[whatwg] Processing the zoom level - MS extensions to window.screen
hsivonen at iki.fi
Wed Nov 24 02:19:13 PST 2010
Charles Pritchard wrote:
> TV use-cases seem like they'll become more prevalent, with Apple and Google and their devices.
Apple TV doesn't have legacy connectors--only HDMI. A quick look at the specs of Google TV devices suggests that Google TV devices are also HDMI-only.
The devices sold as "TVs" these days have square pixels and are driven like the devices sold as "computer displays".
I think it makes no sense to assume that:
1) People who want to use the Web on a device positioned as a "TV" want to do it using their legacy standard def TV that only has legacy inputs.
2) Hardware & browser vendors want to optimize APIs for legacy TVs with legacy inputs.
3) Web authors will obtain test systems that run a new browser optimized for a legacy TV together with an actual legacy TV and will carefully optimize their code for this case.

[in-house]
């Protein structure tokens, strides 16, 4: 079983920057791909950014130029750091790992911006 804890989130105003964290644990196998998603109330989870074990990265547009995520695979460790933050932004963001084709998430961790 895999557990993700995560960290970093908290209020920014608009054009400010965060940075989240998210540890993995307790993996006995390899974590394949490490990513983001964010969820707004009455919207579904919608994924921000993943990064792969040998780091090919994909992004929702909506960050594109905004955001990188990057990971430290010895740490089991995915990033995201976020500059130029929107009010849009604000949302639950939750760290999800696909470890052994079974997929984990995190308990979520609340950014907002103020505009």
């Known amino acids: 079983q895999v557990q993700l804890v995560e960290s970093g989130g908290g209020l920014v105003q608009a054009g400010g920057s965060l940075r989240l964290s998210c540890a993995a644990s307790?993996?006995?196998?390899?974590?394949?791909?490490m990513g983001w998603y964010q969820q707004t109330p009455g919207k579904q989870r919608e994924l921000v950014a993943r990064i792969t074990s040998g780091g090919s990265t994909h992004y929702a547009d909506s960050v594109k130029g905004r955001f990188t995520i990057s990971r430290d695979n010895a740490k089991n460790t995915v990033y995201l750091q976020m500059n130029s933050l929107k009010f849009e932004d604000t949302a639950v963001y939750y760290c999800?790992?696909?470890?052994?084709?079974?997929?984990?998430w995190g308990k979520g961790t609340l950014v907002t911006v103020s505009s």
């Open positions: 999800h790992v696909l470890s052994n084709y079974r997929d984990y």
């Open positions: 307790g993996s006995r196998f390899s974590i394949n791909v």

So I think exposing non-square pixels to Web content would be folly. It's useless to expose variable device characteristics to Web authors unless the characteristics vary so obviously from day one that even clueless authors are forced to realize that characteristics vary. See http://blogs.msdn.com/b/iemobile/archive/2010/11/22/the-ie-mobile-viewport-on-windows-phone-7.aspx
I actually often run an up-to-date Web browser (Firefox trunk) using a device sold as a "TV" as the display, so I do appreciate the concern that <canvas> zooms badly. The easiest way to browse the Web (as it exists in reality) on a "TV" is to apply a zoom factor of 1.85 to CSS pixels. (The Web as it exists in reality is designed to work in a full-screen browser window on a 1024-pixel-wide screen and "TVs" are 1920 pixels wide.) I often wish that sites used SVG instead of <canvas> so that they'd Just Work without resampling artifacts with 1.85 zoom.
hsivonen at iki.fi
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